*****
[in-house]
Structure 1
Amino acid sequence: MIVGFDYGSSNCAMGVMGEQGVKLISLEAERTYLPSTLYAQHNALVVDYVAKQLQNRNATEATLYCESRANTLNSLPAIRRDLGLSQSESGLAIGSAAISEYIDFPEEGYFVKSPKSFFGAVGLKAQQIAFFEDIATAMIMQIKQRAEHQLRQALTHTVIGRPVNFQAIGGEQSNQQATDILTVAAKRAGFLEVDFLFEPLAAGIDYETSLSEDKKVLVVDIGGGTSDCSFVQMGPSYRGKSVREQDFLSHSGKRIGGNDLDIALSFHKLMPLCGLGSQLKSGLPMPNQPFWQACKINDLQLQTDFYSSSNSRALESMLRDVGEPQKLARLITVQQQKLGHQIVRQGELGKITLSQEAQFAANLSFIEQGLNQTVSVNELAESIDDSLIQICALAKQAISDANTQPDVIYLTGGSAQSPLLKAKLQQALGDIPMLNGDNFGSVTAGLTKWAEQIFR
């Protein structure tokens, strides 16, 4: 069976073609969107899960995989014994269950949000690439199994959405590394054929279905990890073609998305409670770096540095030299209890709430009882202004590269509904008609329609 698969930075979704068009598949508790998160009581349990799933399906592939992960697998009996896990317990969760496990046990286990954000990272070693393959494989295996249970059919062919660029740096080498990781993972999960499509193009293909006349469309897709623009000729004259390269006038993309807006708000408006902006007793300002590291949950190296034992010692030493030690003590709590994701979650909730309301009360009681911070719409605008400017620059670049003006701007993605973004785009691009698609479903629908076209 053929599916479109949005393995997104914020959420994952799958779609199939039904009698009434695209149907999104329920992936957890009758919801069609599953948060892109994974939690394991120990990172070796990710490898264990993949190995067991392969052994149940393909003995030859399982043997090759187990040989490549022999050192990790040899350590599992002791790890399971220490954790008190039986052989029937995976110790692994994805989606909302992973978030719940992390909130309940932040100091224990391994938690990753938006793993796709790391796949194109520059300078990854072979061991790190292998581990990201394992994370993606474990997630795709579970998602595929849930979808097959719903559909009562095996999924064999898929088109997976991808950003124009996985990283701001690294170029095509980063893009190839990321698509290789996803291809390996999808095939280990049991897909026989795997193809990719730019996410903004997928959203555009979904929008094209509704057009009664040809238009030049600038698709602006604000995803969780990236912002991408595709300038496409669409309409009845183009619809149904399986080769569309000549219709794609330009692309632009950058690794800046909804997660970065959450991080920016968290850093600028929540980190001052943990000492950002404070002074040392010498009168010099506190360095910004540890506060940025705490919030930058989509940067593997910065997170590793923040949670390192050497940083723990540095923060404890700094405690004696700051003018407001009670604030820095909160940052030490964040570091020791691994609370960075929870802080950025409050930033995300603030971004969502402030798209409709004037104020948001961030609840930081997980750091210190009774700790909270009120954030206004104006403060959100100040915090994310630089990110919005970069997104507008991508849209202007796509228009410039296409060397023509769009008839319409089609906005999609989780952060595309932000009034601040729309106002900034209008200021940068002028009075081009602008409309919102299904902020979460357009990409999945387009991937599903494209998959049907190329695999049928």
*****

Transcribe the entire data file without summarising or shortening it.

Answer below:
[in-house]
Structure 1
Amino acid sequence: MIVGFDYGSSNCAMGVMGEQGVKLISLEAERTYLPSTLYAQHNALVVDYVAKQLQNRNATEATLYCESRANTLNSLPAIRRDLGLSQSESGLAIGSAAISEYIDFPEEGYFVKSPKSFFGAVGLKAQQIAFFEDIATAMIMQIKQRAEHQLRQALTHTVIGRPVNFQAIGGEQSNQQATDILTVAAKRAGFLEVDFLFEPLAAGIDYETSLSEDKKVLVVDIGGGTSDCSFVQMGPSYRGKSVREQDFLSHSGKRIGGNDLDIALSFHKLMPLCGLGSQLKSGLPMPNQPFWQACKINDLQLQTDFYSSSNSRALESMLRDVGEPQKLARLITVQQQKLGHQIVRQGELGKITLSQEAQFAANLSFIEQGLNQTVSVNELAESIDDSLIQICALAKQAISDANTQPDVIYLTGGSAQSPLLKAKLQQALGDIPMLNGDNFGSVTAGLTKWAEQIFR
């Protein structure tokens, strides 16, 4: 069976073609969107899960995989014994269950949000690439199994959405590394054929279905990890073609998305409670770096540095030299209890709430009882202004590269509904008609329609 698969930075979704068009598949508790998160009581349990799933399906592939992960697998009996896990317990969760496990046990286990954000990272070693393959494989295996249970059919062919660029740096080498990781993972999960499509193009293909006349469309897709623009000729004259390269006038993309807006708000408006902006007793300002590291949950190296034992010692030493030690003590709590994701979650909730309301009360009681911070719409605008400017620059670049003006701007993605973004785009691009698609479903629908076209 053929599916479109949005393995997104914020959420994952799958779609199939039904009698009434695209149907999104329920992936957890009758919801069609599953948060892109994974939690394991120990990172070796990710490898264990993949190995067991392969052994149940393909003995030859399982043997090759187990040989490549022999050192990790040899350590599992002791790890399971220490954790008190039986052989029937995976110790692994994805989606909302992973978030719940992390909130309940932040100091224990391994938690990753938006793993796709790391796949194109520059300078990854072979061991790190292998581990990201394992994370993606474990997630795709579970998602595929849930979808097959719903559909009562095996999924064999898929088109997976991808950003124009996985990283701001690294170029095509980063893009190839990321698509290789996803291809390996999808095939280990049991897909026989795997193809990719730019996410903004997928959203555009979904929008094209509704057009009664040809238009030049600038698709602006604000995803969780990236912002991408595709300038496409669409309409009845183009619809149904399986080769569309000549219709794609330009692309632009950058690794800046909804997660970065959450991080920016968290850093600028929540980190001052943990000492950002404070002074040392010498009168010099506190360095910004540890506060940025705490919030930058989509940067593997910065997170590793923040949670390192050497940083723990540095923060404890700094405690004696700051003018407001009670604030820095909160940052030490964040570091020791691994609370960075929870802080950025409050930033995300603030971004969502402030798209409709004037104020948001961030609840930081997980750091210190009774700790909270009120954030206004104006403060959100100040915090994310630089990110919005970069997104507008991508849209202007796509228009410039296409060397023509769009008839319409089609906005999609989780952060595309932000009034601040729309106002900034209008200021940068002028009075081009602008409309919102299904902020979460357009990409999945387009991937599903494209998959049907190329695999049928």